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Security takes a backseat on Android in update shambles

Mobe makers sit on new versions for six months

Designing a Defense for Mobile Applications

The majority of Android smartphone users are walking around with insecure devices running out-of-date OS builds, leaving personal and business data at greater risk of attack.

The latest figures from Google's Android developer web site show that 44.4 per cent of users have the latest version of Android (Android 2.3 or later installed) on their devices. A further 1.9 per cent are running developer builds.

That leaves 53.7 per cent running older versions, the majority of which (40.7 per cent of the total userbase) are running Android 2.2 (Froyo). The stats come from users visiting Google's App Store over a fortnight.

A study by application security firm Bit9 found that the sheer complexity of the Android ecosystem - in which updates are distributed in different ways and at different times (if at all) based on manufacturer, phone family, phone model, carrier, and geographic location - has meant security has taken a back seat, leaving smartphone users more vulnerable as a result.

Bit9 looked at the 20 most popular Android handsets from the likes of Samsung, HTC, Motorola, and LG. It found many Android smartphone suppliers launch new phones with outdated software out of the box. To make matters worse, many suffer from tremendous lag times in rolling out updates to later and more secure versions of Android.

Six of the 20 surveyed phones are running Android 2.2, a version that shipped 18 months ago in May 2010. A further seven are running builds of Android that are at least nine months old. Only seven of them were up to date.

The average time between when an update is available from Google and when it is pushed to the phone is 185 days – slightly more than six months. For example, across the Samsung models Bit9 studied, the average lag time is over 240 days (over eight months).

In some cases, the phones are not updated at all as the manufacturers shift their focus to newer models, leaving existing customers stranded with insecure software. In many cases, the only recourse a consumer has, if they want the latest and most secure software, is to purchase a new phone, according to Bit9.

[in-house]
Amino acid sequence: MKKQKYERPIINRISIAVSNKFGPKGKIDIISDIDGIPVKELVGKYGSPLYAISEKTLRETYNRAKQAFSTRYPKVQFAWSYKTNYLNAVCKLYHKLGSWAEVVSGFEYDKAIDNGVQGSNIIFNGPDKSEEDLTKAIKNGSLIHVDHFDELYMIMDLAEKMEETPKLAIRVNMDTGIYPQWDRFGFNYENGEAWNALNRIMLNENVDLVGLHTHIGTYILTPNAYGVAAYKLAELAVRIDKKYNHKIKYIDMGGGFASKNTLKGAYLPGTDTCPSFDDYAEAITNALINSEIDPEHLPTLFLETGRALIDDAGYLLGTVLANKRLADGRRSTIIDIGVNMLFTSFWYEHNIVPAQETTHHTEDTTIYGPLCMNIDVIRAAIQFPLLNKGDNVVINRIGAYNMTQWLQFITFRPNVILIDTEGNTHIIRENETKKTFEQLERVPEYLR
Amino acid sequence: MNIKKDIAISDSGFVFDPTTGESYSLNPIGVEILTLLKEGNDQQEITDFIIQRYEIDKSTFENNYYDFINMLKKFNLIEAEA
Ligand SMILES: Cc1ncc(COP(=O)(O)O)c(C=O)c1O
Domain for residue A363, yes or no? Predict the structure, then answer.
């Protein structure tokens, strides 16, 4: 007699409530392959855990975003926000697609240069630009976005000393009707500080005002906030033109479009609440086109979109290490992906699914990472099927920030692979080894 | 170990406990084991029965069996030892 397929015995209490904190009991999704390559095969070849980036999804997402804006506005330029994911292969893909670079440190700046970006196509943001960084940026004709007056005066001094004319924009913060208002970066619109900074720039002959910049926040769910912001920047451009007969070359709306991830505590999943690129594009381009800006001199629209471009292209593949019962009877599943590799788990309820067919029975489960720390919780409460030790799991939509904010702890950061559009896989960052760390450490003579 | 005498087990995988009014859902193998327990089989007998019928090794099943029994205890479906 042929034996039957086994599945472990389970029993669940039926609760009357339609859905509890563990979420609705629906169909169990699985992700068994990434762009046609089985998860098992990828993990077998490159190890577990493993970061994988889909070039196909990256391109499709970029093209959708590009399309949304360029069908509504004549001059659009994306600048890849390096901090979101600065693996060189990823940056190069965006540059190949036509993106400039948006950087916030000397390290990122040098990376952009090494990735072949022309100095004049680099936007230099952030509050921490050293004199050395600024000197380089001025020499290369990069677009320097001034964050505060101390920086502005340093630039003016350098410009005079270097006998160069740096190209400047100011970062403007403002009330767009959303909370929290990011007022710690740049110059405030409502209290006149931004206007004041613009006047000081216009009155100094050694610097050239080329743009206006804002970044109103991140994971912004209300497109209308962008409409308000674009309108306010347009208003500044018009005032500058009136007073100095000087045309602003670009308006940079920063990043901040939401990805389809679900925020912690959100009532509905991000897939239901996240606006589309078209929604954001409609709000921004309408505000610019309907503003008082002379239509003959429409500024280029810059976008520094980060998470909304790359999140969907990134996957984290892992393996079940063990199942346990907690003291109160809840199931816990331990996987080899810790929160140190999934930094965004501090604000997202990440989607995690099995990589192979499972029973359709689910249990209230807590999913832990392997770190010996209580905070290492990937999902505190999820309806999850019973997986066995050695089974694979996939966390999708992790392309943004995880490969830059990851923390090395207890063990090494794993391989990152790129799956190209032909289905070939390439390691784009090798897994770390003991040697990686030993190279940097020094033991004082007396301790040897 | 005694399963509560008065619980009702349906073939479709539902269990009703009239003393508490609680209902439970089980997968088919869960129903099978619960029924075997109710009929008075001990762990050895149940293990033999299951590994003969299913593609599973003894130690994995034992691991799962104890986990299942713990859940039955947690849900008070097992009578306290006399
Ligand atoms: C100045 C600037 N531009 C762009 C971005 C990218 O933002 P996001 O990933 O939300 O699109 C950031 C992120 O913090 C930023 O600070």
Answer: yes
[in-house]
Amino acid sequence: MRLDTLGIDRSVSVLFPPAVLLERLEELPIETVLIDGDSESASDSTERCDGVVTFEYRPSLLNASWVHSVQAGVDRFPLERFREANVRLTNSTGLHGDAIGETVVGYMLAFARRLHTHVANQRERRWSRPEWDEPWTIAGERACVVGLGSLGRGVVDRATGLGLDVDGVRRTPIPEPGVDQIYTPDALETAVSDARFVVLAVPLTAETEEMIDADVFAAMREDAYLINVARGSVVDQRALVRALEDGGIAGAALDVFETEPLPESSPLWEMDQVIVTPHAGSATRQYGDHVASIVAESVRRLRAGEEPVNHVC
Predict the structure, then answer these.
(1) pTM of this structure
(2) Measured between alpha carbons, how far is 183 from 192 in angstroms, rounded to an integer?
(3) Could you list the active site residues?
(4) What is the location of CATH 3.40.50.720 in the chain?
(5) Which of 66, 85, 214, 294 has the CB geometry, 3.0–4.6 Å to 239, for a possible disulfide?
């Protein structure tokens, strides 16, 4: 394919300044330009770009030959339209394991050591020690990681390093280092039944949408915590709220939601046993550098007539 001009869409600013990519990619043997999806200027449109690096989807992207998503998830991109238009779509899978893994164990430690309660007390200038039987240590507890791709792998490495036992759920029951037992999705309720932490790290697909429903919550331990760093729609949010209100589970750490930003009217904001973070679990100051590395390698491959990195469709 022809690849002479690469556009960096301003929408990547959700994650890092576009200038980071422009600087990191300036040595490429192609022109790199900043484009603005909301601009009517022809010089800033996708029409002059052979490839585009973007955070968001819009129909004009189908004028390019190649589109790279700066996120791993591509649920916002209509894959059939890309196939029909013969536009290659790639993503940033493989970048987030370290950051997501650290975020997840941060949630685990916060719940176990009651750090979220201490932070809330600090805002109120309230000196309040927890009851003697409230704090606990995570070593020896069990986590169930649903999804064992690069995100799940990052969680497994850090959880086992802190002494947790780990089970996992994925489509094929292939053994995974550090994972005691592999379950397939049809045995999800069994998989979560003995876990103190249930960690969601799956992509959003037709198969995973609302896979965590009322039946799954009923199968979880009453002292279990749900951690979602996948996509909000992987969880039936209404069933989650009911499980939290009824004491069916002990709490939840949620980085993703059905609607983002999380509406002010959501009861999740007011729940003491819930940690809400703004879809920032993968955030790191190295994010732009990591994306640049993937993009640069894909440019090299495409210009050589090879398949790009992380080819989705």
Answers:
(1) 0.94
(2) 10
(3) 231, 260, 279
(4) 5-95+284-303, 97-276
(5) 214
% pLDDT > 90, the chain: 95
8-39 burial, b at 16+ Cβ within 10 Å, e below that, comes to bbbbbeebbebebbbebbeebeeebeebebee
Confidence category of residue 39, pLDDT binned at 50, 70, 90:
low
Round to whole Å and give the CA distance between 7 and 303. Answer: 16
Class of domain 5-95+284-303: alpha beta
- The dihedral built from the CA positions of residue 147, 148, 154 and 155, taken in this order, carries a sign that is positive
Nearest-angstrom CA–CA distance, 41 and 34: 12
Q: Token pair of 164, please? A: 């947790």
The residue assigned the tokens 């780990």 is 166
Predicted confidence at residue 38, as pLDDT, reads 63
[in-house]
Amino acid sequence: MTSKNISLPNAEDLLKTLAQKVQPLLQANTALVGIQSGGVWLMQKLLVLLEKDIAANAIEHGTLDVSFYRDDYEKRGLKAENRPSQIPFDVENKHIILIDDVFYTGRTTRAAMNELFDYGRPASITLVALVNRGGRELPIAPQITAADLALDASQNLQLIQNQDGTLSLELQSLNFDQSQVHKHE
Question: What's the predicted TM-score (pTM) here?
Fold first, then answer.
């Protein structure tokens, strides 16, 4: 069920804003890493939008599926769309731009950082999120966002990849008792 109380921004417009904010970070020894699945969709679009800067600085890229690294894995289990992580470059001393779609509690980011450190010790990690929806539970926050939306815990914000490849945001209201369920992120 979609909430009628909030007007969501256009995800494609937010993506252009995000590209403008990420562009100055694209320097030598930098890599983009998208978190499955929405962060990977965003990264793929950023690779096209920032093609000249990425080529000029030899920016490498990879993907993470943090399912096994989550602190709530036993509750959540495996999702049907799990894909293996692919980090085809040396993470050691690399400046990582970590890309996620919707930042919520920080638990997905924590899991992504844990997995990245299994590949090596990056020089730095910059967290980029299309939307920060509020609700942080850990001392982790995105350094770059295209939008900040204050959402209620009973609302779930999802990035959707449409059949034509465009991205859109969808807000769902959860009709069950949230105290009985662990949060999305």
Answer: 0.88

Security nightmare for BOFHs

"Smartphones are the new laptop and represent the fastest emerging threat vector," said Harry Sverdlove, CTO of Bit9. "In our bring-your-own-device-to-work culture, people are using their personal smartphones for both personal and business use, and attacks on these devices are on the rise."

Android smartphone manufacturers are prioritising form and functionality over security, leaving consumers and businesses at greater risk as a result of running out-of-date and insecure smartphone software. The consumerisation of IT, where more people are using their personal devices at work, is putting companies at risk for data leakage and intellectual property theft. Running around with outdated smartphone software is not just bad practice, it creates real security risks.

For example the DroidDream malware, which moved Google to pull at least 50 apps from the Android Market in March and invoke a "kill switch" to remove those applications from more than 250,000 Android users' phones, relied on a specific vulnerability in the operating system that Google fixed in its 2.3 (Gingerbread) release and a point release of 2.2.2 (Froyo).

"The malware itself was delivered as a standard app that users had to choose to install, but its ability to take complete control (root) the phone was dependent on the patch level of the phone," Sverdlove explained.

In August 2011, a vulnerability was discovered that could allow an attacker to hijack the browser. Google fixed this problem in 2.3.5 and 3.1. While no attacks based on the vulnerability have been carried out to date it would be rash to wait until a major attack is underway before patching.

Most minor and major updates of Android include "security updates", and most Android phones come with manufacturer enhancements and third-party components (eg, Java and Flash) as well. Each of those components is equally at risk if they are not properly and regularly updated.

Despite this need for security updates the distribution model adopted by phone manufacturers and their carriers has created a chaotic and insecure environment in which it can take several months for important updates to be distributed, if at all.

"Manufacturers and phone carriers have shown that when they are in the business of owning software updates, they perform poorly," Harry Sverdlove, CTO of Bit9 told El Reg. "Their interest is in selling newer phones and carrier contracts; they are not incentivised to prioritise security for existing phones."

Sverdlove acknowledged there are no easy answers but suggested a number of steps to improve the situation. Much like the PC industry, smartphone manufacturers could relinquish control of the operating system software updates. This process has already been implemented with the Apple iPhone and Google Nexus phone.

Secondly security professionals and consumers need to put pressure on the manufacturers to be more responsible in prioritising security updates. In the meantime, corporations need to evolve to a "secure app store" model and allow only specific devices and trustworthy applications into their environment.

Bit9 does not as yet market services or technology that secures mobile devices. It carried out the research in the interests of raising awareness about what it sees as a growing problem. ®

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